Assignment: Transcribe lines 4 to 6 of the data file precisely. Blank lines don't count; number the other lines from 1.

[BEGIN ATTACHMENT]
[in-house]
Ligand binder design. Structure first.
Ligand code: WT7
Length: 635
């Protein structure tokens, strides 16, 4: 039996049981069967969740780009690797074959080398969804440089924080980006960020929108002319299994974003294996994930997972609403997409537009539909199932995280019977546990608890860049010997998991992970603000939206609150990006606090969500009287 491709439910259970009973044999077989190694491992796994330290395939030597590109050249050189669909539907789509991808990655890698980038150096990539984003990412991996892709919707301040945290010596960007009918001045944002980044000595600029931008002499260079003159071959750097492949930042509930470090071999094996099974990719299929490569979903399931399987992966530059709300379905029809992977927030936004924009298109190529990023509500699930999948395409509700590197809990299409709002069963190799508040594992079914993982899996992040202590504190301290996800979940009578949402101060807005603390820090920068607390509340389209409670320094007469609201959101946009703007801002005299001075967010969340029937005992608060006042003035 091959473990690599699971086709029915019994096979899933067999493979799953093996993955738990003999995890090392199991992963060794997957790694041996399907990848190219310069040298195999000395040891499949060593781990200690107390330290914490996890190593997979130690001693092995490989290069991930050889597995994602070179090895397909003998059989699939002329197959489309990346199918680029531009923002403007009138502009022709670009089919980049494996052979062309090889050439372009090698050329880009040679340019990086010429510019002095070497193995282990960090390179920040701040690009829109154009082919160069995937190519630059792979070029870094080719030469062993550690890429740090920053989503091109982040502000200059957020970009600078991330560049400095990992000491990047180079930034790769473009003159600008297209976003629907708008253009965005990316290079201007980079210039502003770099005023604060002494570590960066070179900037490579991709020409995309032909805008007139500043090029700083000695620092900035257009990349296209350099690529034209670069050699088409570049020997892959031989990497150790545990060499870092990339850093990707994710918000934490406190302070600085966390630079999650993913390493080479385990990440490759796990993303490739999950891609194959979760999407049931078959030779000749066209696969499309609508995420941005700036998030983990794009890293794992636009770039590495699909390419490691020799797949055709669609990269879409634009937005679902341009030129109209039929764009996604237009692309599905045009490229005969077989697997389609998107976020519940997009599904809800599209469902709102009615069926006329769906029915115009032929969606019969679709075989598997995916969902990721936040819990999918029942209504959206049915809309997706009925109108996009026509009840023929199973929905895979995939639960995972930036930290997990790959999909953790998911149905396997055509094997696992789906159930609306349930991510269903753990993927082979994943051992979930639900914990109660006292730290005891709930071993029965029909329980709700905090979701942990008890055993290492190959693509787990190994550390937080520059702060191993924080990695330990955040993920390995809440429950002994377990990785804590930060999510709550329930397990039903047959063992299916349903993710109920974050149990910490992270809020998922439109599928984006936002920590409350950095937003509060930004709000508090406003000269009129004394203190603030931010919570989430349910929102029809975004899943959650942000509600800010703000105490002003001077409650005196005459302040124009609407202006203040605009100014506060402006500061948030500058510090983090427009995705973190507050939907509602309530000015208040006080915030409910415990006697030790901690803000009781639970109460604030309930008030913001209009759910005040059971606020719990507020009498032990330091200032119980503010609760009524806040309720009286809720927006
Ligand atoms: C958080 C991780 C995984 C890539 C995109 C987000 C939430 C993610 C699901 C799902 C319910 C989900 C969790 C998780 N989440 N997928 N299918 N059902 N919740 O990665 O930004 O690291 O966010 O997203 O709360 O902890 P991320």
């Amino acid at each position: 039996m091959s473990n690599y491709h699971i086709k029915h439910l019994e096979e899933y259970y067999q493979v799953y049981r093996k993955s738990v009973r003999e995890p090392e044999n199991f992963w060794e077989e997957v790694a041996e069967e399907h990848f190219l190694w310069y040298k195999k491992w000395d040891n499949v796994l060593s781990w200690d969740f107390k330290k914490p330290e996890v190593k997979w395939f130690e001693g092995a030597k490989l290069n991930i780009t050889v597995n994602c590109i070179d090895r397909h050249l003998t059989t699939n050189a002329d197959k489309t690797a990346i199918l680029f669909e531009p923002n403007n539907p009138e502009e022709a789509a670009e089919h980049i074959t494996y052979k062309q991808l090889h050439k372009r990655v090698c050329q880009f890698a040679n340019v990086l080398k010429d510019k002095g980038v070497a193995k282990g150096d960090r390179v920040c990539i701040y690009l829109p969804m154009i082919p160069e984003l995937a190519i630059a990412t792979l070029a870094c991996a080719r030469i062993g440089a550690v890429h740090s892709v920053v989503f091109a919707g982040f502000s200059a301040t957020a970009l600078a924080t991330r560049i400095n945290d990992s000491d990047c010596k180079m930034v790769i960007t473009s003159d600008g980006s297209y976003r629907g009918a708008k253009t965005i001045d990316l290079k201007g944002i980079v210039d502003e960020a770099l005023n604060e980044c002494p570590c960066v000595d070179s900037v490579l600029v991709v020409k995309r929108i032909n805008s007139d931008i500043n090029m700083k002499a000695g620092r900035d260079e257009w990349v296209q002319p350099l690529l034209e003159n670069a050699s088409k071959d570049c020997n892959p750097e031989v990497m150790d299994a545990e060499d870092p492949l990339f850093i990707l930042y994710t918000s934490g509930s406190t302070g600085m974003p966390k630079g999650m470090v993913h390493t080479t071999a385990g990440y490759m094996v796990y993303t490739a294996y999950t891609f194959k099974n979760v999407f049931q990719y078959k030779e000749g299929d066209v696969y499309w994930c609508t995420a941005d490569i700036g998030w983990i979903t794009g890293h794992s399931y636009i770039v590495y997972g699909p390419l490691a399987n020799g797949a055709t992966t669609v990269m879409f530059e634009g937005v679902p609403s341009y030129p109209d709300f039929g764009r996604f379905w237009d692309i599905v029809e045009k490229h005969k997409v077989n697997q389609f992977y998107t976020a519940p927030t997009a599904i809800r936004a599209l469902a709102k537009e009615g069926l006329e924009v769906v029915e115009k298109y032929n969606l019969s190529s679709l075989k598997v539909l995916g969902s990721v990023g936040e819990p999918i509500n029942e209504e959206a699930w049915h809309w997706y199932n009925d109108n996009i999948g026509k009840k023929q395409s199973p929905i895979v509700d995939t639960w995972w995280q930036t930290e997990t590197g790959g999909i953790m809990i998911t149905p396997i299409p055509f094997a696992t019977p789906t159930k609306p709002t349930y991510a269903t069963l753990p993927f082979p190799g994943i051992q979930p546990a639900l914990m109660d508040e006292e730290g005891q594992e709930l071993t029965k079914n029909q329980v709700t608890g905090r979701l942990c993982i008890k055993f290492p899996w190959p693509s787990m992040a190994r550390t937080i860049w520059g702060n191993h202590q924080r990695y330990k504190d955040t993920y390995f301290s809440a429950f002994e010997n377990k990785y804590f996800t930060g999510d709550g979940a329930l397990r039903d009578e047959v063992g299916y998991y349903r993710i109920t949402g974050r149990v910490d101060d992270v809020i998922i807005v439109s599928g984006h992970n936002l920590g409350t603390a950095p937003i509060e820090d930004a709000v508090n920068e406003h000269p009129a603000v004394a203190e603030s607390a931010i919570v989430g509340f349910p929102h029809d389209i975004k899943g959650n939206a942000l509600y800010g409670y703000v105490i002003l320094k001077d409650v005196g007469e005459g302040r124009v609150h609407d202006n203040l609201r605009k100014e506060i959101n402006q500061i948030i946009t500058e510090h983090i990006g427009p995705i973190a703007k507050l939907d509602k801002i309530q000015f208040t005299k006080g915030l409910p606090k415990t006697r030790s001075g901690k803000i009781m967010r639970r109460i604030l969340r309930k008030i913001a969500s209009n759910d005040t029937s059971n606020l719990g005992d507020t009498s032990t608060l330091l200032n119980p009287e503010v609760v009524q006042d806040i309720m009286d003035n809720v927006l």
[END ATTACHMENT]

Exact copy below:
Length: 635
């Protein structure tokens, strides 16, 4: 039996049981069967969740780009690797074959080398969804440089924080980006960020929108002319299994974003294996994930997972609403997409537009539909199932995280019977546990608890860049010997998991992970603000939206609150990006606090969500009287 491709439910259970009973044999077989190694491992796994330290395939030597590109050249050189669909539907789509991808990655890698980038150096990539984003990412991996892709919707301040945290010596960007009918001045944002980044000595600029931008002499260079003159071959750097492949930042509930470090071999094996099974990719299929490569979903399931399987992966530059709300379905029809992977927030936004924009298109190529990023509500699930999948395409509700590197809990299409709002069963190799508040594992079914993982899996992040202590504190301290996800979940009578949402101060807005603390820090920068607390509340389209409670320094007469609201959101946009703007801002005299001075967010969340029937005992608060006042003035 091959473990690599699971086709029915019994096979899933067999493979799953093996993955738990003999995890090392199991992963060794997957790694041996399907990848190219310069040298195999000395040891499949060593781990200690107390330290914490996890190593997979130690001693092995490989290069991930050889597995994602070179090895397909003998059989699939002329197959489309990346199918680029531009923002403007009138502009022709670009089919980049494996052979062309090889050439372009090698050329880009040679340019990086010429510019002095070497193995282990960090390179920040701040690009829109154009082919160069995937190519630059792979070029870094080719030469062993550690890429740090920053989503091109982040502000200059957020970009600078991330560049400095990992000491990047180079930034790769473009003159600008297209976003629907708008253009965005990316290079201007980079210039502003770099005023604060002494570590960066070179900037490579991709020409995309032909805008007139500043090029700083000695620092900035257009990349296209350099690529034209670069050699088409570049020997892959031989990497150790545990060499870092990339850093990707994710918000934490406190302070600085966390630079999650993913390493080479385990990440490759796990993303490739999950891609194959979760999407049931078959030779000749066209696969499309609508995420941005700036998030983990794009890293794992636009770039590495699909390419490691020799797949055709669609990269879409634009937005679902341009030129109209039929764009996604237009692309599905045009490229005969077989697997389609998107976020519940997009599904809800599209469902709102009615069926006329769906029915115009032929969606019969679709075989598997995916969902990721936040819990999918029942209504959206049915809309997706009925109108996009026509009840023929199973929905895979995939639960995972930036930290997990790959999909953790998911149905396997055509094997696992789906159930609306349930991510269903753990993927082979994943051992979930639900914990109660006292730290005891709930071993029965029909329980709700905090979701942990008890055993290492190959693509787990190994550390937080520059702060191993924080990695330990955040993920390995809440429950002994377990990785804590930060999510709550329930397990039903047959063992299916349903993710109920974050149990910490992270809020998922439109599928984006936002920590409350950095937003509060930004709000508090406003000269009129004394203190603030931010919570989430349910929102029809975004899943959650942000509600800010703000105490002003001077409650005196005459302040124009609407202006203040605009100014506060402006500061948030500058510090983090427009995705973190507050939907509602309530000015208040006080915030409910415990006697030790901690803000009781639970109460604030309930008030913001209009759910005040059971606020719990507020009498032990330091200032119980503010609760009524806040309720009286809720927006
Ligand atoms: C958080 C991780 C995984 C890539 C995109 C987000 C939430 C993610 C699901 C799902 C319910 C989900 C969790 C998780 N989440 N997928 N299918 N059902 N919740 O990665 O930004 O690291 O966010 O997203 O709360 O902890 P991320």